Person of the Week: Ai Xiaoming

Person of the Week: Ai Xiaoming

CDT is expanding its wiki beyond the Grass-Mud Horse Lexicon to include short biographies of , cartoonists, human rights activists, and other people pushing for change in China. The wiki is a work in progress.


Ai Xiaoming records China’s “barbaric totalitarianism” for future generations. (Source: Ai Xiaoming)

 Convert your grief into power; say everything you need to say; keep on walking the road you must travel.
—Ai Xiaoming, “Thinking of My Friends in Prison

Ai Xiaoming is a documentary filmmaker, author, and women’s rights activist. Ai has frequently collaborated with documentary filmmaker Hu Jie. She is professor emerita of literature and women’s studies at Sun Yat-sen University in Guangzhou.

Ai was born in the southern city of Wuhan in 1953. She earned her bachelor’s in Chinese from Central China Normal University in 1981 and her Ph.D. in Modern Chinese Literature from Beijing Normal University in 1987. She was the first woman after the Cultural Revolution to earn her doctoral degree in literature. Ai taught at Lingnan University and the Chinese University of Hong Kong before joining the faculty at Sun Yat-sen University in 1995, where she stayed until her retirement in 2014.

In a 2016 interview with Ian Johnson, Ai said that she didn’t participate in the Tiananmen protests, though she did visit the encampment several times. Her activism began later, when she was a visiting professor at Seawanee in the U.S. during the 1999-2000 academic year. She was inspired to research women’s issues, which eventually drew her into China’s once-vibrant circle of rights defenders. The trip also turned her attention away from writing (she is the author of eight books and has translated many others) and towards documentary film making.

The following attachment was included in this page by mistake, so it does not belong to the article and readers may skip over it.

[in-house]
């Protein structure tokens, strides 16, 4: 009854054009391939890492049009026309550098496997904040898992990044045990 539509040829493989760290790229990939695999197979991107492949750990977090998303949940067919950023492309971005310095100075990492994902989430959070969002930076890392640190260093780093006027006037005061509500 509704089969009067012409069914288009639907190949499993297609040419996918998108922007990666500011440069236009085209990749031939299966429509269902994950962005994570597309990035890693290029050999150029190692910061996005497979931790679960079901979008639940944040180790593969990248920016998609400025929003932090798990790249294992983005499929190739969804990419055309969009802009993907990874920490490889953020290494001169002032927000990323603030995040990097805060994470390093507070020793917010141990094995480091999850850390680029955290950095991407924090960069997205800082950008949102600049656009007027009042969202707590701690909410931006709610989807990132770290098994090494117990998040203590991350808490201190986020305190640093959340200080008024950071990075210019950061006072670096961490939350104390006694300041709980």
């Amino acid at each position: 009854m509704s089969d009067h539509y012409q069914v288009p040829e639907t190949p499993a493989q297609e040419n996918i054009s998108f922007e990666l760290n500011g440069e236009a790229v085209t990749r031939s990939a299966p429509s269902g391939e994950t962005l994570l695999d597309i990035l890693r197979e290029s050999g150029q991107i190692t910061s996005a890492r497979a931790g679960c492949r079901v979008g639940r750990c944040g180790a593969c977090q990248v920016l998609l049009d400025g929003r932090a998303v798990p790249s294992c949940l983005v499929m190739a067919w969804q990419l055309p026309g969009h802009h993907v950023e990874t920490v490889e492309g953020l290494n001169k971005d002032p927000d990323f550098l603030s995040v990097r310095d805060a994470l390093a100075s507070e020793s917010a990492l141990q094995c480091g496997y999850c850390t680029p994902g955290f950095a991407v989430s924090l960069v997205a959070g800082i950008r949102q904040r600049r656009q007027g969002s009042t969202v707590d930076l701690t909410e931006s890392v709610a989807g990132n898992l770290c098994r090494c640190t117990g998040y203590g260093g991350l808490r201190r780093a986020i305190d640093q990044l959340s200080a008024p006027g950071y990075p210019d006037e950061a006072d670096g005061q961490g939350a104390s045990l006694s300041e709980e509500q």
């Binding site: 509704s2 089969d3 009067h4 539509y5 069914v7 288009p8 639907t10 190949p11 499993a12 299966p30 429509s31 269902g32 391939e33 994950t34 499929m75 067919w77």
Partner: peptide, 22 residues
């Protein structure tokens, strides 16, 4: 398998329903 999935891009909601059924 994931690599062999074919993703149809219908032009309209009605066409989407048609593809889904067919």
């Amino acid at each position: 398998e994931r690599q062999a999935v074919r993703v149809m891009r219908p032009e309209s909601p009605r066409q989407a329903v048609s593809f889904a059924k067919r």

Ai went on to translate and produce the “Vagina Monologues” at Sun Yat-sen and direct several university projects in women’s and sexuality studies. She has also made films about Tan Zuoren‘s investigation of the “tofu dregs schools” that collapsed in the 2008 Sichuan earthquakevillagers in Henan Province infected with HIV after giving blood, the 2011 Wukan protests, and many other cases of injustice.

Ai’s films are banned in mainland China, and she is currently unable to leave the country. She was awarded France’s 2010 Simone de Beauvoir Prize for her work on women’s rights, but was not allowed to travel to receive the award. Still, Ai continues to produce films as a record of the “barbaric totalitarianism” she has witnessed in China today.

Investigation by Citizens,” Ai’s film about the aftermath of the Sichuan earthquake, is available with English subtitles on her Vimeo account.

Entry written by Anne Henochowicz.

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